Nowadays with the popularization of Internet access on Smartphone there’s an abundance of applications. Many of the VoIP providers in Canada do offer in the home phone alternative an app for Smartphone (mostly Android and iPhone) This is known as Mobile VoIP or simply mVoIP is an extension of mobility to a Voice over IP network. Two types of communication are generally supported: cordless/DECT/PCS protocols for short range or campus communications where all base stations are linked into the same LAN, and wider area communications using networks know as 3G or 4G (LTE).
There are several methodologies by which a mobile handset can be integrated into a VoIP network. One implementation turns the mobile device into a standard SIP (Session Initiation Protocol) client, which then uses a data network to send and receive SIP messaging and to send and receive RTP for the voice path. This methodology of turning a mobile handset into a standard SIP client requires that the mobile handset support, at minimum, high speed IP communications. In this application, standard VoIP protocols (typically SIP) are used over any broadband IP-capable wireless network connection such as EVDO rev A, HSDPA, WiFi, WiMAX or the newest LTE (Long Term Evolution).
Another implementation of mobile integration uses a soft switch like gateway to bridge SIP and RTP into the mobile network’s SS7 infrastructure. In this implementation, the mobile handset continues to operate as it always has (as a GSM or CDMA based device), but now it can be controlled by a SIP application server which can now provide advanced SIP based services to it. Several vendors offer this kind of capability today.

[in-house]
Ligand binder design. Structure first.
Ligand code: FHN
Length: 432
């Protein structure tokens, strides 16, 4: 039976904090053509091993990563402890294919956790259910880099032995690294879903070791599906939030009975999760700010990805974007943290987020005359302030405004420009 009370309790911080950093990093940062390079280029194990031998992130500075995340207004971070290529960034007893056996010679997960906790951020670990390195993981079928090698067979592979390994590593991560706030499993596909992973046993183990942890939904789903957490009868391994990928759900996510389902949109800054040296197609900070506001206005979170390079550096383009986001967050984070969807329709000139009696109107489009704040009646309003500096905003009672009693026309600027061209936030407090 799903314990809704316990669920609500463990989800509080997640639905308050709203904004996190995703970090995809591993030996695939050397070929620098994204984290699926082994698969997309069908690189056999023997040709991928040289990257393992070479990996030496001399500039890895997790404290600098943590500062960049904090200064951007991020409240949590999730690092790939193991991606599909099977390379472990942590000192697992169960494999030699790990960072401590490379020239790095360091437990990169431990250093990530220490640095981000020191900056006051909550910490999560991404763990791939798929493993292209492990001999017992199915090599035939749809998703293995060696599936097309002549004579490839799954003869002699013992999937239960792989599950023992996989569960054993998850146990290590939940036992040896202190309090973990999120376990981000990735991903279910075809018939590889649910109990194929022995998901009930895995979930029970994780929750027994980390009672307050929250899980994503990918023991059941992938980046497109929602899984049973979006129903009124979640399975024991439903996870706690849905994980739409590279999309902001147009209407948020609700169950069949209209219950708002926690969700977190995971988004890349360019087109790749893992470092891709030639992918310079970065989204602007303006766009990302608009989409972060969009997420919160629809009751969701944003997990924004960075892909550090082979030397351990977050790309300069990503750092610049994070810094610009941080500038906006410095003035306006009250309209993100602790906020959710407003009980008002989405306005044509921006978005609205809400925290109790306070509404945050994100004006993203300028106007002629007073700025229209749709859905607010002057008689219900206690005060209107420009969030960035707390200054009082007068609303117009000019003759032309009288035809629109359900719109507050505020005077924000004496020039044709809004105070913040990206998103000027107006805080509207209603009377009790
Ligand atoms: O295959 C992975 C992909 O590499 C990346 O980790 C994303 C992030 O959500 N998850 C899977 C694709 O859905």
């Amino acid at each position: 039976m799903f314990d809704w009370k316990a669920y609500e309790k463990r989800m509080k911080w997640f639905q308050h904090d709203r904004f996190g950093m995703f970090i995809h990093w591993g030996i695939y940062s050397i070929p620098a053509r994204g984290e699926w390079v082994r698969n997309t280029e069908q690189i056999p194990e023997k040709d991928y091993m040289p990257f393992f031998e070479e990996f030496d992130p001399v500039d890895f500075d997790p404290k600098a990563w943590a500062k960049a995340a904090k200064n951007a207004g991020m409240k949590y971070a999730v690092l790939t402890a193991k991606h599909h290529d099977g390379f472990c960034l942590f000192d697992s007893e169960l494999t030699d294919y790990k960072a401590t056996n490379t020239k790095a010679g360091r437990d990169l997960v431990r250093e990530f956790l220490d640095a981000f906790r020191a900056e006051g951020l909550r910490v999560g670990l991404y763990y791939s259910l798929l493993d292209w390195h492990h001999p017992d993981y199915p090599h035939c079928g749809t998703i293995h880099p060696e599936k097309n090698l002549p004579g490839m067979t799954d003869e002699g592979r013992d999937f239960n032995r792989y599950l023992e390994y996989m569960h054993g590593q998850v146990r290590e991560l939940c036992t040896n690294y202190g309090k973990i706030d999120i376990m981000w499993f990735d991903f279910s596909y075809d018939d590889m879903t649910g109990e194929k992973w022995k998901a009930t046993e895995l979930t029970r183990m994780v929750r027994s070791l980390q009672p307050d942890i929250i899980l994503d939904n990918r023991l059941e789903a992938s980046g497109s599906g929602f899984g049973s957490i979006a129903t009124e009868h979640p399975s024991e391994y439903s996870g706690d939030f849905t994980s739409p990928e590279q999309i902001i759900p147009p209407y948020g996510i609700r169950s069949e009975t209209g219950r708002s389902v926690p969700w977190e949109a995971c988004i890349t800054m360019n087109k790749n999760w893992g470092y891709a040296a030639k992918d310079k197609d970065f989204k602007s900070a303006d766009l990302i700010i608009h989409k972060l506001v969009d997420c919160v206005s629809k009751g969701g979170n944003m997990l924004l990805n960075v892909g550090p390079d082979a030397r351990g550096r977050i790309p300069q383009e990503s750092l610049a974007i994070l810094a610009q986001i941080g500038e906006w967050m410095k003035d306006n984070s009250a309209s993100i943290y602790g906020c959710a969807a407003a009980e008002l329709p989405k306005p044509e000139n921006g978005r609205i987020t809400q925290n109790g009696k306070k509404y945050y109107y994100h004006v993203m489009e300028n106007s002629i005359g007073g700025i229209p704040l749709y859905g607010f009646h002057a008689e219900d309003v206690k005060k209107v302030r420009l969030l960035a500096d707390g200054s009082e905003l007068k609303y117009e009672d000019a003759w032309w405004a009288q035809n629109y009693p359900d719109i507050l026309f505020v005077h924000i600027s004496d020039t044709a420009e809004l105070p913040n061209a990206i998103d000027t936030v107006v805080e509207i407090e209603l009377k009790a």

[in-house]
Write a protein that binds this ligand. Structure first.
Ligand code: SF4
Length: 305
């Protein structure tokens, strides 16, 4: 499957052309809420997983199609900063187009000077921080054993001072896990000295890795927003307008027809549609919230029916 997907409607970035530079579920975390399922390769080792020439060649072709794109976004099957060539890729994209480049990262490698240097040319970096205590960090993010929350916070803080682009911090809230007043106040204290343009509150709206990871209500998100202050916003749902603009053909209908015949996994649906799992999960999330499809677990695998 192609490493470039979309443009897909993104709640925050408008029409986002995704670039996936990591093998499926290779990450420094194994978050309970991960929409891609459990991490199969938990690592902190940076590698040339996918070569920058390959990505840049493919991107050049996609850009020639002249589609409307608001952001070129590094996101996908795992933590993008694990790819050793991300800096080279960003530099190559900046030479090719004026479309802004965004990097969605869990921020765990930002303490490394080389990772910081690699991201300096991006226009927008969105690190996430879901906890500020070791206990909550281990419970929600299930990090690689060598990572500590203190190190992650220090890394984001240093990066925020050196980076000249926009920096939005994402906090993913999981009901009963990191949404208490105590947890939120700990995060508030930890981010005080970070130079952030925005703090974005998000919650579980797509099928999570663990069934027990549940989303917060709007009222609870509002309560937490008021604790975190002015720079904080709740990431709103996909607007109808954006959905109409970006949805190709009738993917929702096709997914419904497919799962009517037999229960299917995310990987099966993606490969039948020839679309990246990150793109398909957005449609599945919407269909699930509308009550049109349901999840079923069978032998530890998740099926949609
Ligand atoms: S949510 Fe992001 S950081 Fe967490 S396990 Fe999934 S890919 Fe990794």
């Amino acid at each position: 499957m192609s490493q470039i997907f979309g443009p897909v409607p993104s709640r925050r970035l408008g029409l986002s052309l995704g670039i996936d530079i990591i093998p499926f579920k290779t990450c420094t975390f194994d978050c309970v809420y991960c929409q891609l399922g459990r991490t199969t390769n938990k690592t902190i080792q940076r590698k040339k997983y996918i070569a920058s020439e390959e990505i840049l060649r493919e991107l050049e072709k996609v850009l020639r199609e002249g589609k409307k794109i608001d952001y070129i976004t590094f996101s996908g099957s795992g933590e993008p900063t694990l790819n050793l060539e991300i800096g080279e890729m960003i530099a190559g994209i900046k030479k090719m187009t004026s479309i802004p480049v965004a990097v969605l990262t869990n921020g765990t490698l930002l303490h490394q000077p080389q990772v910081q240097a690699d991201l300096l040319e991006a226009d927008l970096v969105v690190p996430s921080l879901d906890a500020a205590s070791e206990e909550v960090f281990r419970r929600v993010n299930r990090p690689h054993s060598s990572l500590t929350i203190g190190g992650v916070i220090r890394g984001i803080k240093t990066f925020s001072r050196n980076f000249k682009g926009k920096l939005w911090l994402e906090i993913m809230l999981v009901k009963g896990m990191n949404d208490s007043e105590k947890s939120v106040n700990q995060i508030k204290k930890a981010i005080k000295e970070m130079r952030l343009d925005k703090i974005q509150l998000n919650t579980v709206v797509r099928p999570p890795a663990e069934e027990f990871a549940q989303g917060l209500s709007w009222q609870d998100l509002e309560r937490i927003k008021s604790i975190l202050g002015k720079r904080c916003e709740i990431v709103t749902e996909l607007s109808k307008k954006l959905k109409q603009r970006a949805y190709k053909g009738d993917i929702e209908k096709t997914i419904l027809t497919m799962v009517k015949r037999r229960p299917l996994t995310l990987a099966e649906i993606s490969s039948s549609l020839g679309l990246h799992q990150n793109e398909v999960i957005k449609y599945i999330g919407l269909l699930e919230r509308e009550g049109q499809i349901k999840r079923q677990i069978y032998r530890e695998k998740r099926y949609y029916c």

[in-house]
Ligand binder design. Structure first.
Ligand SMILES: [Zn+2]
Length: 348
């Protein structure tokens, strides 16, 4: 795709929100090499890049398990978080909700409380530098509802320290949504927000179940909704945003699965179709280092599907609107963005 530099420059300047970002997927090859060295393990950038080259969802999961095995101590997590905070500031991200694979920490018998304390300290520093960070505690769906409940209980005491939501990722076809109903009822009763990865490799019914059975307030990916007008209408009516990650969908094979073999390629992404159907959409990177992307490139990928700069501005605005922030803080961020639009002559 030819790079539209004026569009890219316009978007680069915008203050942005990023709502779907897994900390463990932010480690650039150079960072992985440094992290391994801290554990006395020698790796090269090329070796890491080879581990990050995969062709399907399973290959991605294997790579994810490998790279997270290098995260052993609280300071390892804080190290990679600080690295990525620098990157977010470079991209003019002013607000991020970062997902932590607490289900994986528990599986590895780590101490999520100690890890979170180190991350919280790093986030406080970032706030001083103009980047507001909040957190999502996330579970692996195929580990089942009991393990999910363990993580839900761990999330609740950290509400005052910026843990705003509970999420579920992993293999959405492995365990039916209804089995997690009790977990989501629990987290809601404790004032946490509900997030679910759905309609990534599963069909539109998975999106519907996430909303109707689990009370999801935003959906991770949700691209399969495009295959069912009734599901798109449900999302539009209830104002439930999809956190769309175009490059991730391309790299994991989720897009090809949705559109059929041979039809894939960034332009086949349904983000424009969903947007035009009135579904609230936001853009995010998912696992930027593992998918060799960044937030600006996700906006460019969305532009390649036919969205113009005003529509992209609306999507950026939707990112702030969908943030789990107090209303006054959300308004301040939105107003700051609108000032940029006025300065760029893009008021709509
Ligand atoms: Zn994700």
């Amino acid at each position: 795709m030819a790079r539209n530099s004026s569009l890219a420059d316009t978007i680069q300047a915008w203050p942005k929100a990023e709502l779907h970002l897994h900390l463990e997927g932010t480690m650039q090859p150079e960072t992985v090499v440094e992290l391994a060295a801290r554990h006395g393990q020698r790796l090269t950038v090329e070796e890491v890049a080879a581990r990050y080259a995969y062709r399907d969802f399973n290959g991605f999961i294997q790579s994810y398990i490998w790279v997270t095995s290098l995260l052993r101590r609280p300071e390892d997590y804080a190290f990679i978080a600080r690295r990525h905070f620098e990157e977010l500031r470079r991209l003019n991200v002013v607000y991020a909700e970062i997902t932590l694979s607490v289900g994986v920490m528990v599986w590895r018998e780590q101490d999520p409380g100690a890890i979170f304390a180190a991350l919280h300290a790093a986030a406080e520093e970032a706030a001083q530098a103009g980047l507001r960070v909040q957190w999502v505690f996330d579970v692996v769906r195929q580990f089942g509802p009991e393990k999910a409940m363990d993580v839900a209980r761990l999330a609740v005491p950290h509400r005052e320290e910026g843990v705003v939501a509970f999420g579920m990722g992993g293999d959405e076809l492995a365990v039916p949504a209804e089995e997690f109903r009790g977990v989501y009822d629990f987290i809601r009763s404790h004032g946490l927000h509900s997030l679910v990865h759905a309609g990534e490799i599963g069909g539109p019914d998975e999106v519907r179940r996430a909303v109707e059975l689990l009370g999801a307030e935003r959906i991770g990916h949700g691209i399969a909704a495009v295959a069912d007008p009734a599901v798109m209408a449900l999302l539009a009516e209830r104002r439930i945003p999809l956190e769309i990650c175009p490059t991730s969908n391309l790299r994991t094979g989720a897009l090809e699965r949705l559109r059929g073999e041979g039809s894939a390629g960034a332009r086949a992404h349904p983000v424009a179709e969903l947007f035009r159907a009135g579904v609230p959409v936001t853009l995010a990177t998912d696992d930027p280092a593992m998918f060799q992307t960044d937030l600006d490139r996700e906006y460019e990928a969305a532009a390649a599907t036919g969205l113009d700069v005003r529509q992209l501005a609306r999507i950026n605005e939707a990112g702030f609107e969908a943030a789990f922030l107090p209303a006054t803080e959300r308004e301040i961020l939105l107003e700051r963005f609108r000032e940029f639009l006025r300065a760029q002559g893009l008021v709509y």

Mobile VoIP does imply a compromise between economy and mobility. For example, Voice over Wi-Fi offers potentially free service but is only available within the coverage area of a single Wi-Fi Access Point. Cordless protocols offer excellent voice support and even support base station handoff, but require all base stations to communicate on one LAN as the handoff protocol is generally not supported by carriers or most devices.
As device manufacturers add ever more powerful processors and boost memory, Smartphone are becoming more capable and now is common for a mobile user to watch you-tube videos or TV while in transit. Mobile VoIP users were predicted to exceed 100 million in 2012 and InStat projected up to 288 million subscribers in 2013. Though should be noted most cellular data networks, primarily those older generations (3G) are still experiencing high latency on data transfers and thus VoIP quality is severely affected. Although newer and faster wireless networks being built in Canada are changing that and many users report positive call quality. Is estimated in average a mVoIP app consumes 1MB per 1 minute of call time. While not in a call it consumes minimal data as it is listening for potential incoming calls.
The mobile operator industry business model conflicts with the expectations of VoIP users that look for added features and unlimited plans for a flat fee. However more and more VoIP providers in Canada are including Apps (or VoIP dialers) as part of their standard plans. Slowly is making a dent on the Mobile subscriber market. Having a mobile app as part of your Home Phone is a feature to consider when choosing a home phone replacement. Some VoIP providers also offer the ability that when it rings in the Home Phone it also does ring in the Mobile App; in unison. This in turn could have a positive effect in consumers in where it could consolidate all into one telephone line, if so desired. Also added benefit is that at some point it will be possible to stop having Voice packages and services from the traditional wireless carriers; as all those services would be then provided by VoIP providers – at a fraction of the price and with tons of features. VoIP may start as a Home Phone alternative due to the savings and rich features though it may end up being a solution that consolidates years of evolution in telecommunications.